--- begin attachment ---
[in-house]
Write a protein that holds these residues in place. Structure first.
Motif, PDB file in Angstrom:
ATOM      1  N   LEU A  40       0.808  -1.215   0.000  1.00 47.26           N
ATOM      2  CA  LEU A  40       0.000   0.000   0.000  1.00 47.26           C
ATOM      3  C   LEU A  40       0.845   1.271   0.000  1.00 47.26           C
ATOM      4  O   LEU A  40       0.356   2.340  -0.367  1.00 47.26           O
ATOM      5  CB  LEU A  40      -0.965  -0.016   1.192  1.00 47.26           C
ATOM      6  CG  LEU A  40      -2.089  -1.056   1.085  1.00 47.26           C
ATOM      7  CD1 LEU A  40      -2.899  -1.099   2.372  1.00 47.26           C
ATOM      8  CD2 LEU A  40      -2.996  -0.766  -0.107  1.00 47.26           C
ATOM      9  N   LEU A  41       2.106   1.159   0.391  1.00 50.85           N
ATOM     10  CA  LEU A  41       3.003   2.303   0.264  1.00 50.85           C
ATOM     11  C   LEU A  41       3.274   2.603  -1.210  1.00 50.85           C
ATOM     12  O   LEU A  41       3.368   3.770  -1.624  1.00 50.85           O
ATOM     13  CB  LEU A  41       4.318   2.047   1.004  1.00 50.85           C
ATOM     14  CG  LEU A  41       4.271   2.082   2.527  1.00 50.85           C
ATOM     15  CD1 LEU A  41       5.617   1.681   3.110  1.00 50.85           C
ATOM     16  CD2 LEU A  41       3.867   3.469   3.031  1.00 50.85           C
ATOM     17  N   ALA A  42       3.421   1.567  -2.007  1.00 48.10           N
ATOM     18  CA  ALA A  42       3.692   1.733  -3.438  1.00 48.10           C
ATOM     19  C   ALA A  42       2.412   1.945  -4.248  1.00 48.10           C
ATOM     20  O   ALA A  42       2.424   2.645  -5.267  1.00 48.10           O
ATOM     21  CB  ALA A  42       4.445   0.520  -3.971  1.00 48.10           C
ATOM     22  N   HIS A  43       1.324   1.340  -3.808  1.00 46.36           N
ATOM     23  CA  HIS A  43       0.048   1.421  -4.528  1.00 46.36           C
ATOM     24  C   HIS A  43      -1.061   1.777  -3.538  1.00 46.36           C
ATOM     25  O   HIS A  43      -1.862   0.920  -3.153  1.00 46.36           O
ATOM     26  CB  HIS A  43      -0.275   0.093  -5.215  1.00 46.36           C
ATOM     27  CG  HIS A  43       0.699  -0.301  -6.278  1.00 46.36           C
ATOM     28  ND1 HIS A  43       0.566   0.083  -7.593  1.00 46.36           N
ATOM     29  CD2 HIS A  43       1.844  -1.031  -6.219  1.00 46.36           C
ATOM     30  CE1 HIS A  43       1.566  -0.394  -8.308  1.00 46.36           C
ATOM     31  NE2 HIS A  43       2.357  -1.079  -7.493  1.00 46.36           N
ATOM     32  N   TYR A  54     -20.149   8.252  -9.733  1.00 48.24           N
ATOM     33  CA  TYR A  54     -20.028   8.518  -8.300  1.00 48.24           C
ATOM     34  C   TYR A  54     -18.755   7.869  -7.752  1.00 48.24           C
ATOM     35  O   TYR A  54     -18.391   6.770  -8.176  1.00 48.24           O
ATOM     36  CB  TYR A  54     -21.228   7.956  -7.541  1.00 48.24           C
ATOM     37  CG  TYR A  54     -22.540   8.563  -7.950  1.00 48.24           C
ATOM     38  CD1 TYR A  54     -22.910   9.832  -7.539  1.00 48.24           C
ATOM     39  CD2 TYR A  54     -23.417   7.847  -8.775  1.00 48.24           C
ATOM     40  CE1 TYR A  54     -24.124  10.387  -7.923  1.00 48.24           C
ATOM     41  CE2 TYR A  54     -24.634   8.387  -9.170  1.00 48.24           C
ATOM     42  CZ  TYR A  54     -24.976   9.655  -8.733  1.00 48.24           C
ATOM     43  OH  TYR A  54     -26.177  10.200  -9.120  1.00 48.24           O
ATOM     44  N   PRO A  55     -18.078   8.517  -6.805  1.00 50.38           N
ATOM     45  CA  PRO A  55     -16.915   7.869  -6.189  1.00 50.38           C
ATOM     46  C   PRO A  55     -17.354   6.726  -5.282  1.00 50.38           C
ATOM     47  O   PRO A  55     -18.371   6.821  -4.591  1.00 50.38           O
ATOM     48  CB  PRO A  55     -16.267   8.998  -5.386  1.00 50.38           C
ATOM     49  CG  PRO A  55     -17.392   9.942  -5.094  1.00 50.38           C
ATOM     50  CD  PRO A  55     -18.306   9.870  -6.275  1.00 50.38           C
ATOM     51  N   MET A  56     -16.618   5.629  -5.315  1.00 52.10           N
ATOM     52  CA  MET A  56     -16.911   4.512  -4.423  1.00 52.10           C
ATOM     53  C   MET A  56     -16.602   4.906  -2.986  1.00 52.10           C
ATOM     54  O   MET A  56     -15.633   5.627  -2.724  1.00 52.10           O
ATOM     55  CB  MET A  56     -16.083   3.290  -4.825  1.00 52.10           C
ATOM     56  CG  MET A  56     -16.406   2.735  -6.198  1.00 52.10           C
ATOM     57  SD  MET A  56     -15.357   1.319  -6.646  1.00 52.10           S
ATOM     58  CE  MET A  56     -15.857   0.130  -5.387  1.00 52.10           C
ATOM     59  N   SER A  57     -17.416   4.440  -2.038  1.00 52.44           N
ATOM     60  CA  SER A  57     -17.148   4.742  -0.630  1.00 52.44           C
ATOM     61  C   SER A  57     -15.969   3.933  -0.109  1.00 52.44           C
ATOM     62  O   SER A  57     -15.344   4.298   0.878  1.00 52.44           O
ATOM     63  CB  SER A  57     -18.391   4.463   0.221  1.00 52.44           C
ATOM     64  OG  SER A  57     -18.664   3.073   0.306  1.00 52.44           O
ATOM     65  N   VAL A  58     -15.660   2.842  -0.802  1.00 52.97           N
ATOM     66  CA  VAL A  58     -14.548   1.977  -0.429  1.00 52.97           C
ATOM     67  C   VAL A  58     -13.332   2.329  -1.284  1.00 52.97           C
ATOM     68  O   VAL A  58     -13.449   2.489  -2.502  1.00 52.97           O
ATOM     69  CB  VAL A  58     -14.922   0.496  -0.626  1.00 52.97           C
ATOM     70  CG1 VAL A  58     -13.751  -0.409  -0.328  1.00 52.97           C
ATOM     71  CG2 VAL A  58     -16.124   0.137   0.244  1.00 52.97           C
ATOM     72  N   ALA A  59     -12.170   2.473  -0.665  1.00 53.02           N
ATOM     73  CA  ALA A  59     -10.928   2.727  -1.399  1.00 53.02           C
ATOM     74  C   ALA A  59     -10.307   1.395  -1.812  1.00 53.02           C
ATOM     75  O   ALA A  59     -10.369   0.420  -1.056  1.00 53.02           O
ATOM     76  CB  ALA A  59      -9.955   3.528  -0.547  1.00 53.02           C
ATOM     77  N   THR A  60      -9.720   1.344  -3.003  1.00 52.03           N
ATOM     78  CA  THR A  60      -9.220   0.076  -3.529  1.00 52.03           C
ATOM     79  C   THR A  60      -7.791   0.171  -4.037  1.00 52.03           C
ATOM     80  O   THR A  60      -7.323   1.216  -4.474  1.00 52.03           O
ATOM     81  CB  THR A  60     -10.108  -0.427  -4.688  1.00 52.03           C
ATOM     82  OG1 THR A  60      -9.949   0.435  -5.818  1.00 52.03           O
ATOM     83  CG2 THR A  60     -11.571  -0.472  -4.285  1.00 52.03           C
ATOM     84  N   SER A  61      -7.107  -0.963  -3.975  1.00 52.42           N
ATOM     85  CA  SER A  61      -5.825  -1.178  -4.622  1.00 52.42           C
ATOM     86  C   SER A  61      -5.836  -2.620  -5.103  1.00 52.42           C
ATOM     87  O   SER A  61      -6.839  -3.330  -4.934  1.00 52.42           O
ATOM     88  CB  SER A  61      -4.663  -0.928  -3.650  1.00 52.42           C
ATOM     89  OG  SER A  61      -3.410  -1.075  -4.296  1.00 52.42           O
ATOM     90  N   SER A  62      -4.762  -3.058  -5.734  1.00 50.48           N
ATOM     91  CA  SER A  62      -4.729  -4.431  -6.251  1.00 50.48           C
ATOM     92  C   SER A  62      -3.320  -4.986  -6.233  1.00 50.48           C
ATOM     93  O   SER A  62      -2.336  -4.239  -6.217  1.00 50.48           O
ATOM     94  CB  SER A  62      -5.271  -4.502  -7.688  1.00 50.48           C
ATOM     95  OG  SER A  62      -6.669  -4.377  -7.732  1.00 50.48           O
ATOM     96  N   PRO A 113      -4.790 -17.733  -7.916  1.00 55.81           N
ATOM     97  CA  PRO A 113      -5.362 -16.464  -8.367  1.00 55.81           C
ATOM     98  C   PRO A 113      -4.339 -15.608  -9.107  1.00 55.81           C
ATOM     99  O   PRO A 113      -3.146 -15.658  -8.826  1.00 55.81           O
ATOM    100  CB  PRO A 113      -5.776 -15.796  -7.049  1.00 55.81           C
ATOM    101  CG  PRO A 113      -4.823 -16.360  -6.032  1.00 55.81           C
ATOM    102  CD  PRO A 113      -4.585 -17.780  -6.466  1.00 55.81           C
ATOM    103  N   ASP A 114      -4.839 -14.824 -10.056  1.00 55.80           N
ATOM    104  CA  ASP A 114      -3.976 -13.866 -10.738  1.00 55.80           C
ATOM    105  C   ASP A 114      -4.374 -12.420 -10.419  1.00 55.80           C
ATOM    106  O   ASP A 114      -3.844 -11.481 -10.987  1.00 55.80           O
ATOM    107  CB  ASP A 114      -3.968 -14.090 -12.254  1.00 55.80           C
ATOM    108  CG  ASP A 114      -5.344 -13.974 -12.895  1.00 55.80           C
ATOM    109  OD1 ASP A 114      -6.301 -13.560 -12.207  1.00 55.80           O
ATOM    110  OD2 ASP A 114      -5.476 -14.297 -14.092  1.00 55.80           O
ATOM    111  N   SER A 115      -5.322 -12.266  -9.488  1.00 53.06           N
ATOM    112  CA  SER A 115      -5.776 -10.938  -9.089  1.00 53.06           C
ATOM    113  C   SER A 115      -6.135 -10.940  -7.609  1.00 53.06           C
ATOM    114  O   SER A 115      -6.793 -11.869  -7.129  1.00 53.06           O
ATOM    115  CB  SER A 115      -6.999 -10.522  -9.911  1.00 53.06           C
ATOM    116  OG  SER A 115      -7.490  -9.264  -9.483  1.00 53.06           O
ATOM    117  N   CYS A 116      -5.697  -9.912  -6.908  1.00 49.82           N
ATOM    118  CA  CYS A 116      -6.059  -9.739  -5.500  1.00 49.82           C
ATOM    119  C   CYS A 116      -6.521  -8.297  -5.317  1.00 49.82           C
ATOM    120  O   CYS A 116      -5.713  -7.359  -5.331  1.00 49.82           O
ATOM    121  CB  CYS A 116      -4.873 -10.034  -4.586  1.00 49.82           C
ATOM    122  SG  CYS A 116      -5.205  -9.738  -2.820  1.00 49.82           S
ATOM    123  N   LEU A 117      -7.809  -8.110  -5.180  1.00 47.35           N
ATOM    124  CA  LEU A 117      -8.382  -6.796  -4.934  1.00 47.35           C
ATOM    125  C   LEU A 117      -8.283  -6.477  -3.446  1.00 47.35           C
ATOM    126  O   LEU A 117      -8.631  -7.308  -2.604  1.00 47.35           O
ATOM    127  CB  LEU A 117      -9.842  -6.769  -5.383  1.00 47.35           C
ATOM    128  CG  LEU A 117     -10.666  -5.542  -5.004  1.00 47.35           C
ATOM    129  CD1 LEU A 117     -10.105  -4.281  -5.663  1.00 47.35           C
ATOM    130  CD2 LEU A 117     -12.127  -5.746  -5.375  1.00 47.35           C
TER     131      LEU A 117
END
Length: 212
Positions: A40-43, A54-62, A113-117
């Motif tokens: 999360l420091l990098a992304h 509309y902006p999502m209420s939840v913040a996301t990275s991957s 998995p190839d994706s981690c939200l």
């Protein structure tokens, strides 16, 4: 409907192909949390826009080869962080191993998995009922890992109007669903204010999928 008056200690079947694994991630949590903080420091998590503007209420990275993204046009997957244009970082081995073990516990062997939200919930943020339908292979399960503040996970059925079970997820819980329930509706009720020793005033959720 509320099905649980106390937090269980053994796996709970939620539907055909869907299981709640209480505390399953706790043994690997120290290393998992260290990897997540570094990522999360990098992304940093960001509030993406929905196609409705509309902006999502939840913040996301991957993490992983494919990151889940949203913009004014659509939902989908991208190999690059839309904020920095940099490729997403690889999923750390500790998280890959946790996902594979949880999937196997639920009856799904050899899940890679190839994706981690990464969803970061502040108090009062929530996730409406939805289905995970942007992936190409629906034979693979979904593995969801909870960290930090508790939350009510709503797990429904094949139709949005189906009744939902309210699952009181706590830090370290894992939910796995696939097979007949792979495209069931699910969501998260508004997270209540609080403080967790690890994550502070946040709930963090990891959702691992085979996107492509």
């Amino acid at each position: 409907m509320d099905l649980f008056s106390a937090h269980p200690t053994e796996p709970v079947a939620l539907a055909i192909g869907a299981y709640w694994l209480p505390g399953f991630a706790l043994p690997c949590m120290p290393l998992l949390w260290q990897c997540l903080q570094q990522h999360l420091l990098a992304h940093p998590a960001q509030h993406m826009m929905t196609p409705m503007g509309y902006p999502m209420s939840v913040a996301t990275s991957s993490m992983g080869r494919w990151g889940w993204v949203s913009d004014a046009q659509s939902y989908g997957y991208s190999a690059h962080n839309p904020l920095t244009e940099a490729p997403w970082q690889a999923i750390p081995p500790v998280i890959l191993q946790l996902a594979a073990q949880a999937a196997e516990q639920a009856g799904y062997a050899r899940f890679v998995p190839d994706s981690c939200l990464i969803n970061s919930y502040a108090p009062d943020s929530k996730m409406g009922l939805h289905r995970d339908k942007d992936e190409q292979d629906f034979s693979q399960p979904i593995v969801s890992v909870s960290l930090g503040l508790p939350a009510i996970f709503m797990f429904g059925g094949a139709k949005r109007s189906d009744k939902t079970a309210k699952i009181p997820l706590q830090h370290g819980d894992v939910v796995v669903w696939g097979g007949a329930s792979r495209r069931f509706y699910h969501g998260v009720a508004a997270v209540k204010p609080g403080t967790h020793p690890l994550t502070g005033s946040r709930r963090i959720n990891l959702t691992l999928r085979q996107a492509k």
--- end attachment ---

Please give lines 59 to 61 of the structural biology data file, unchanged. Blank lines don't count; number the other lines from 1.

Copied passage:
ATOM     56  CG  MET A  56     -16.406   2.735  -6.198  1.00 52.10           C
ATOM     57  SD  MET A  56     -15.357   1.319  -6.646  1.00 52.10           S
ATOM     58  CE  MET A  56     -15.857   0.130  -5.387  1.00 52.10           C